Less comfortable with power differences

Uncertainty Avoidance
Indicates preferred amount of structure Weak
People prefer unstructured situations

Strong
People prefer more structure

Masculinity/Femininity
Extent to which people prefer
traditional male or female values Feminine
Tender values dominant - personal
relationships, care for others, quality of life, service

Masculine
Tough values dominant - success,
money, status, competition

The Chinese Value Survey


Reaction to the Hofstede study Developed in Chinese based on traditional Chinese values Translated and administered to students in 23 countries 4 dimensions, 3 match Hofstede (PD, I/C, and M/F) plus Confucian Work Dynamism

Long-term/Short-term Orientation
High Confucian work dynamism/Long-term oriented
Concern with future, value thrift and persistence

Low Confucian work dynamism/Short-term oriented


Oriented toward past and present, respect for tradition but here and now is most important

Schwartz's classification
Focuses on universal aspects of individual value content and structure Based on issues that confront all societies
The nature of boundaries between the individual and the group. How to support responsible behavior. How to regulate the relation of people to the social and natural world.

Embeddedness Versus Autonomy


Embeddedness People view others as inherently part of collectives. Meaning in life comes from social relationships & shared way of life & goals. Autonomy Individuals seen as autonomous, bounded entities who find meaning in their own uniqueness Intellectual autonomy - people follow their own ideas and value curiosity, creativity, and openmindedness Affective autonomy - individuals independently pursue positive experiences that make them feel good

Hierarchy Versus Egalitarianism


Hierarchy
The social system has clearly defined roles to identify obligations & rules of behavior

Egalitarianism
Think of each other as equals sharing basic human interests that values equality, justice, honesty & responsbility

Mastery Versus Harmony


Harmony
Emphasizes understanding and fitting in with the environment, rather than trying to change it

Mastery
Encourages people to master, change, and exploit the natural and social environment for personal or group goals

Trompenaars Dimensions of Culture


Dimensions represent how societies develop approaches to managing problems and difficult situations Over a 14 year period, data collected from over 46,000 managers representing more than 40 national cultures

Trompenaars 7 Dimensions of Culture


Particularism vs. Universalism Collectivism vs. Individualism Affective vs. Neutral Relationships Diffuse vs. Specific Relationships Ascription vs. Achievement Relationship to Time Relationship to Nature

Universalism Versus Particularism


Particularist
Circumstances and relationships influence judgments of what is good or true

Universal
Judgment of what is good or true applies to every situation

Individualism Versus Communitarianism


Communitarian
Emphasizes group membership, social responsibility, harmonious relationships, and cooperation

Individualist
Focus on self, personal freedom, and competitiveness

Specificity Versus Diffusion


Level of particularity or wholeness used by the culture to define different constructs Diffuse
Focus on conceptual wholeness and relationships of all kinds are valued Small public spaces and larger private spaces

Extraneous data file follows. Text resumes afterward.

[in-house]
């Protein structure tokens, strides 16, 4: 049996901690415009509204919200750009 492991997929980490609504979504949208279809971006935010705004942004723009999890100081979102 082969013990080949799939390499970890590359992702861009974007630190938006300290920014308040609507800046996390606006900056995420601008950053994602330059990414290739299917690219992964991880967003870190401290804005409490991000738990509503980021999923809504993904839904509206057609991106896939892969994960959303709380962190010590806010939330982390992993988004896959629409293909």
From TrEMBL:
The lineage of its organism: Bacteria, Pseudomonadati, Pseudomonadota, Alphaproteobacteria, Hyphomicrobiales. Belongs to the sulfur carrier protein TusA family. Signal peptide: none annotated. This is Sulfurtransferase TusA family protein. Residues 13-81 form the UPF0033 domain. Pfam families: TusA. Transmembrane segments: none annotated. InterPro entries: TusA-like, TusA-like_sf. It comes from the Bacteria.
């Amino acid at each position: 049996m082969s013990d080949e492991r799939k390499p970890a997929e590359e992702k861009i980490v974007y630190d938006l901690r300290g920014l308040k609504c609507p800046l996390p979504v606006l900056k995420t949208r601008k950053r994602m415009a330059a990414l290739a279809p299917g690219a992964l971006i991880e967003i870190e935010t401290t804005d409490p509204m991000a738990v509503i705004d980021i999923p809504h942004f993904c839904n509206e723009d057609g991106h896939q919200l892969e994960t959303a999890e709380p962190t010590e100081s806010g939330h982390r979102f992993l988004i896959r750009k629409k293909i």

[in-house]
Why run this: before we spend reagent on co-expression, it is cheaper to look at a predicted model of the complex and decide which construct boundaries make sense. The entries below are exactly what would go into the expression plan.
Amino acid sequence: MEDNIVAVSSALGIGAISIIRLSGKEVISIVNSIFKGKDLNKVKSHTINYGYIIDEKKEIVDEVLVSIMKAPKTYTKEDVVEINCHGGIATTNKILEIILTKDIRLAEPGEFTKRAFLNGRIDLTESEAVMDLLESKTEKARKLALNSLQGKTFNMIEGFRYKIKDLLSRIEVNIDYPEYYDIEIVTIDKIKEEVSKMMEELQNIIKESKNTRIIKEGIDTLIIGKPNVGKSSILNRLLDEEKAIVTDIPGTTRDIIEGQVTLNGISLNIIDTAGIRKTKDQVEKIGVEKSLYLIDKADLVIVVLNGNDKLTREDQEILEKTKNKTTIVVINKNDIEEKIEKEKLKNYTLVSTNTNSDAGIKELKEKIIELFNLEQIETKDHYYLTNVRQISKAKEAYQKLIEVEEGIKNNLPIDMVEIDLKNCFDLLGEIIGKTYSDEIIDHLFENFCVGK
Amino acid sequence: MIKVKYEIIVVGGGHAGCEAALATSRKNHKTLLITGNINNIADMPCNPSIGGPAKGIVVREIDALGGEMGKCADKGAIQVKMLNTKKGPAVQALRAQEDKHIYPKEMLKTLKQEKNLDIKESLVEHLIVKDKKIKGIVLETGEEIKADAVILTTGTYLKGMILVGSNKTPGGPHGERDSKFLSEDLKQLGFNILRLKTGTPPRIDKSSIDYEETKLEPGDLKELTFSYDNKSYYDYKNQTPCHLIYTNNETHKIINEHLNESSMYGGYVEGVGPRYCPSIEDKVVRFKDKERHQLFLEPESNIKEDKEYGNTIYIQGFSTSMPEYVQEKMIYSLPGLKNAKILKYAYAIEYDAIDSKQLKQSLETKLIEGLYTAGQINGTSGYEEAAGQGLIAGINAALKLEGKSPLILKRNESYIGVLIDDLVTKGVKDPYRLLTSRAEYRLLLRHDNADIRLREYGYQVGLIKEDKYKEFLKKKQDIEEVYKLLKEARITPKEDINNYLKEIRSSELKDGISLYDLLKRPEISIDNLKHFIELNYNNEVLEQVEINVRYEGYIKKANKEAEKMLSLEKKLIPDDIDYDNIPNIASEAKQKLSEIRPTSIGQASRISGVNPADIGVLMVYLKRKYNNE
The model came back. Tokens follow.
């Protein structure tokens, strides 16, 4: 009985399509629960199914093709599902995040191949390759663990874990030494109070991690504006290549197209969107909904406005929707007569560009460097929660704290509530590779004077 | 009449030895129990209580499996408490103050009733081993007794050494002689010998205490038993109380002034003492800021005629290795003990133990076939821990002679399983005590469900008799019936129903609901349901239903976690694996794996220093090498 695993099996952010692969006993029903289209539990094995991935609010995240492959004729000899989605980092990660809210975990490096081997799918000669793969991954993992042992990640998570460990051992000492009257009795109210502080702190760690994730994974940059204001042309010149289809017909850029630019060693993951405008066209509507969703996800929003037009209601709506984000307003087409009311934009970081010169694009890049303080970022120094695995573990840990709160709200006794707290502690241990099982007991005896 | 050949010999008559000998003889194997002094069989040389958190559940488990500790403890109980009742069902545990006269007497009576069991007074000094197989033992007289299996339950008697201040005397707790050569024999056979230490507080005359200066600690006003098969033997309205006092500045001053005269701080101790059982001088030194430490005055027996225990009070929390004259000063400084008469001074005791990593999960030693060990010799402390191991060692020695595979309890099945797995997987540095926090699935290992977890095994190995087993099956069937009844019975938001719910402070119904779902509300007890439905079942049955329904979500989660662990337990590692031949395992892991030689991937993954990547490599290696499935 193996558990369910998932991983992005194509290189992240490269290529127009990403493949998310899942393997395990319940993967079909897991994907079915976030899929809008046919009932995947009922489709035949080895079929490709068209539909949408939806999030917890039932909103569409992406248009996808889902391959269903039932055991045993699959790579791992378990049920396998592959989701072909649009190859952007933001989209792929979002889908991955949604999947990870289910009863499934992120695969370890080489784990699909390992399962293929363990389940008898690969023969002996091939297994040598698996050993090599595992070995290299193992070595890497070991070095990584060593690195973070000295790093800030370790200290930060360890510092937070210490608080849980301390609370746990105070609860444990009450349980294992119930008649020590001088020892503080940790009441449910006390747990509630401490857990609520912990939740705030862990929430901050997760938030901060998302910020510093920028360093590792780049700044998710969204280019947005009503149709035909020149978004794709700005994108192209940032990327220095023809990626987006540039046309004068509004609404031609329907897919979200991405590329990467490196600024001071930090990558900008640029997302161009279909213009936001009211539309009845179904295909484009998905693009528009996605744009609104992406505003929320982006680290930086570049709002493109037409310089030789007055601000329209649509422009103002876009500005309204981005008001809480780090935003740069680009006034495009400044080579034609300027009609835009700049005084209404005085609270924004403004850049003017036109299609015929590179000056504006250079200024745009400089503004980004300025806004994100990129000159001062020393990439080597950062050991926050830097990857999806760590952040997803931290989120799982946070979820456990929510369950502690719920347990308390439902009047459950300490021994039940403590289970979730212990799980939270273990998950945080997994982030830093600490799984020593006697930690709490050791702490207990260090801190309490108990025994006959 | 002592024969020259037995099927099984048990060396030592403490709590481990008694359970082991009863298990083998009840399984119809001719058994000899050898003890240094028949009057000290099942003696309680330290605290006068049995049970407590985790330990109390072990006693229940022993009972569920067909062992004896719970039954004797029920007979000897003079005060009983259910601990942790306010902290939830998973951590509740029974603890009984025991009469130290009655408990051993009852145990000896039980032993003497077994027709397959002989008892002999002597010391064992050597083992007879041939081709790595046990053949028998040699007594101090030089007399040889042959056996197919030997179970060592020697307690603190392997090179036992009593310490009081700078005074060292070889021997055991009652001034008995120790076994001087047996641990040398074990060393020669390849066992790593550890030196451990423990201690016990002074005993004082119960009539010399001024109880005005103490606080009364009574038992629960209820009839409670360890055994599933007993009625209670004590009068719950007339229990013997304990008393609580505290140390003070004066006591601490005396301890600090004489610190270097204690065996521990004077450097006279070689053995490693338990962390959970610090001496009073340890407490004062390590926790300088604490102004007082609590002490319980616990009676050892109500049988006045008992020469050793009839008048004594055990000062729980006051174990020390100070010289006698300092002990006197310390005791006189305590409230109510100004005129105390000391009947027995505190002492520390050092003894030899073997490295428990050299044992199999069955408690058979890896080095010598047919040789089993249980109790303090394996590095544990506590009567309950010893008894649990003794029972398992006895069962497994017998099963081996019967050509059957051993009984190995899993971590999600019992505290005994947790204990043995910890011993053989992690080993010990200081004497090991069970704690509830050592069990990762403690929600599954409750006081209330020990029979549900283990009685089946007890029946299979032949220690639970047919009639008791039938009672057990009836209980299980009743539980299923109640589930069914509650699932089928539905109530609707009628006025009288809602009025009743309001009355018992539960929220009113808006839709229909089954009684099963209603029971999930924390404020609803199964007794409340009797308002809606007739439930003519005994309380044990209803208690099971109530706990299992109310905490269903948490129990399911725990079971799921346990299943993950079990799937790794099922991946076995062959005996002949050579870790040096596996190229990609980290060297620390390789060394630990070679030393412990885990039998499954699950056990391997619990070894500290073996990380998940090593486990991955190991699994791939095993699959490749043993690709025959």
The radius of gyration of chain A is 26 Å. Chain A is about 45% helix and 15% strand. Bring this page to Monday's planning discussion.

Specific
Objective, break things down into small parts Large public spaces and smaller private spaces

Achieved Status Versus Ascribed Status


Ascription
Believe people are born into influence, and who you are, your potential, and your connections are all important

Achievement
Emphasize attainment of position and influence through a demonstration of expertise

Inner Direction Versus Outer Direction


Outer-directed
Believe virtue is outside the person and located in nature and relationships

Inner-directed
See virtue as being inside the individual and believe that conscience and convictions are internal

Sequential Time Versus Synchronous Time


Synchronic
Do several activities simultaneously, the time for appointments is approximate, and interpersonal relationships are more important than schedules

Sequential
Do one thing at a time, make appointments and arrive on time, and generally stick to schedules.

The World Values Survey


Study of sociocultural and political change Collected data from more than 65 societies Four waves of data collection: 1981, 1990-1991, 1995-1996, and 1999-2001

Traditional Versus Secular-Rational Orientations Toward Authority


Traditional
Values reflect preindustrial society and the centrality of the family

Secular-Rational
Opposite preferences to traditional

Survival Versus Self-Expression Values


Survival
Put priority on economic and physical security over self-expression and quality of life

Self-expression
Opposite preferences to survival

Do the Frameworks Explain Differences?


Represent average behavior within a culture Countries classified similarly may still be very different Reliability may vary Range of differences on any dimension exists within the population of a single country Can explain differences in individual peoples behavior within the same country

Convergence or Divergence?
Closer communication and trade links Worldwide markets and products

Different cultural interpretations Need to maintain cultural identity

Implications for Managers


Understanding culture important even in home country Organizations stakeholders could be from another culture Need to look for underlying cultural meanings